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Will school theatre trips be a thing of the past?

 

Sarah O’Keefe is Head Of Drama at the highly-regarded La Sainte Union school for girls in Hampstead. As this week’s guest blogger, she discusses the recent changes to the curriculum for Drama GCSE.

As all drama teachers will be aware, from September 2016, all the GCSE exam boards are changing their specifications for Drama. Looking at these changes, I was disappointed to discover that some boards have made a decision that live theatre need no longer be 'live'. Instead, students will evaluate plays by watching a recording of a play in the classroom. See here for more information. 

In my view, this is a surprising decision. It was apparently made to eliminate inequality amongst students who do not have the financial means to attend theatre performances. Ironically, it will probably have the opposite effect of what was intended. Pupils watching videos of plays will almost certainly fail to be inspired whilst children from families who attend the theatre regularly will have the opportunity to see live shows, widening the gap between advantaged and disadvantaged students further.

Ultimately, watching a video of a live performance is a poor substitute for being there in the flesh. How can students experience the 'in the moment' excitement and electricity that only live performance can create? How can they analyse the actor/audience relationship from watching a recording on film? A play is meant to be performed to a live audience. The actors' reactions, facial expressions and relationships can be lost when videoed and the sound also has a different quality. Watching recordings of plays can be a good supplement to watching a live performance - it can be used to jog students' memories, or look in detail at one particular moment or scene - but it can never be a substitute for the real thing.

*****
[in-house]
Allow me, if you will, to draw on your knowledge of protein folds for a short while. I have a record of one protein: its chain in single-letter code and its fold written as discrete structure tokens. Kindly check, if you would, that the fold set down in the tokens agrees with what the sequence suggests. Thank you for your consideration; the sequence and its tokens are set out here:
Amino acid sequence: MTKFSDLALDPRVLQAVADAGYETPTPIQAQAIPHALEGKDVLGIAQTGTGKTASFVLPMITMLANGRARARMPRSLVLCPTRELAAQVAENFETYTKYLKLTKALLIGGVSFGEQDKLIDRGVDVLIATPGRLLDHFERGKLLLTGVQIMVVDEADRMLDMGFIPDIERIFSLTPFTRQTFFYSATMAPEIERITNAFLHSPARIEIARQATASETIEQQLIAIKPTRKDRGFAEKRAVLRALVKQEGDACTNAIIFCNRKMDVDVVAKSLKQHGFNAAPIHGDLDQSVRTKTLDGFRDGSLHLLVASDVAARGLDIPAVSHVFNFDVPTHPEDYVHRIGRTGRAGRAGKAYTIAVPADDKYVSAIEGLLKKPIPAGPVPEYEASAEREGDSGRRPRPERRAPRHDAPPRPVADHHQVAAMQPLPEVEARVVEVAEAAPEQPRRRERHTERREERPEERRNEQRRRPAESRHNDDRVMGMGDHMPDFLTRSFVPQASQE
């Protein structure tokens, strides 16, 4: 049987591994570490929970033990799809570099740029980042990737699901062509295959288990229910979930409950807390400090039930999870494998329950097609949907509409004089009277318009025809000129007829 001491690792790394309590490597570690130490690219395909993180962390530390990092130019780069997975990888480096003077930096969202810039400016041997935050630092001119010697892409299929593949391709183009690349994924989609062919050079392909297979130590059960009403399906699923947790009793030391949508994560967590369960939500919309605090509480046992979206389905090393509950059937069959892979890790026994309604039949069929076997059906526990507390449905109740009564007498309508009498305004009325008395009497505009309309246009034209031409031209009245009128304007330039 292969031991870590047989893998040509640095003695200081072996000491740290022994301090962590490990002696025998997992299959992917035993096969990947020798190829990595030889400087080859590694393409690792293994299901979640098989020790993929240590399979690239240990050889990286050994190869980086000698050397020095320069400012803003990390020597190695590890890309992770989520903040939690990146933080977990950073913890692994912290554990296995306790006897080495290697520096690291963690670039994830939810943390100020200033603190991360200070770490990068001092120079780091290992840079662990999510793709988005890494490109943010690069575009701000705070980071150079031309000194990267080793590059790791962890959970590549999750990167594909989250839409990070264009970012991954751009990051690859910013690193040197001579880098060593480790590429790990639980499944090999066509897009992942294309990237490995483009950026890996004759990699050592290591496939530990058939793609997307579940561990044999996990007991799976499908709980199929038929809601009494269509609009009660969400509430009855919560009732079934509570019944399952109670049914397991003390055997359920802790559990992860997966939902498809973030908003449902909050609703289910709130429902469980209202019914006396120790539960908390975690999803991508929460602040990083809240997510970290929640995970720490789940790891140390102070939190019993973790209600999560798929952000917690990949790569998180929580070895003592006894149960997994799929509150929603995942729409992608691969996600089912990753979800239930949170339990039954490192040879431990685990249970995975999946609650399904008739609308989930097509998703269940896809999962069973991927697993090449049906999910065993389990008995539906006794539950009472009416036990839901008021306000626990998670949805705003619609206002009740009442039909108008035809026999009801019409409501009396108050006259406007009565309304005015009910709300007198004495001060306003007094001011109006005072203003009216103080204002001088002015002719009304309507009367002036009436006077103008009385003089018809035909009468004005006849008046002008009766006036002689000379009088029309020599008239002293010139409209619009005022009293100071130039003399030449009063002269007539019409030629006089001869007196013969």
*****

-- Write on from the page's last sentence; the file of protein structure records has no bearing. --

All exam boards require Drama students to perform as part of the GCSE qualification. How can pupils perform effectively if their only point of reference is an episode of Eastenders or a video of a play? Film and theatre are completely different mediums - performing for the camera requires different skills to performing for an audience. Performing a play without ever having gone to the theatre is like trying to write a novel having never read a book or trying to bake a cake having never eaten.

In my school we cover theatre trips from our (very modest) Drama budget. We ask for a small contribution from the students, except those who are on free school meals, who don't pay anything. Theatre trips are possible for all students if schools make them a priority and, in my view, the benefits offer excellent value for money. There is nothing more wonderful than hearing quieter or normally disengaged students leaving the auditorium exclaiming, "that was brilliant!" and discussing what they'll include in their review. 

Children who grow up with a love of drama are always advised to see as much theatre as possible. It will be an enormous shame if young people aren't taken on theatre trips and miss out on these magical, formative and sometimes life-changing experiences. Most Drama teachers have a huge passion for their subject and will recognise the importance of live theatre so I expect they will do their best to take their students to see live performances anyway. Despite these curriculum changes, I hope that senior management teams will support this and allow these outings so that children will continue to be inspired to become the next generation of theatre-lovers.

 

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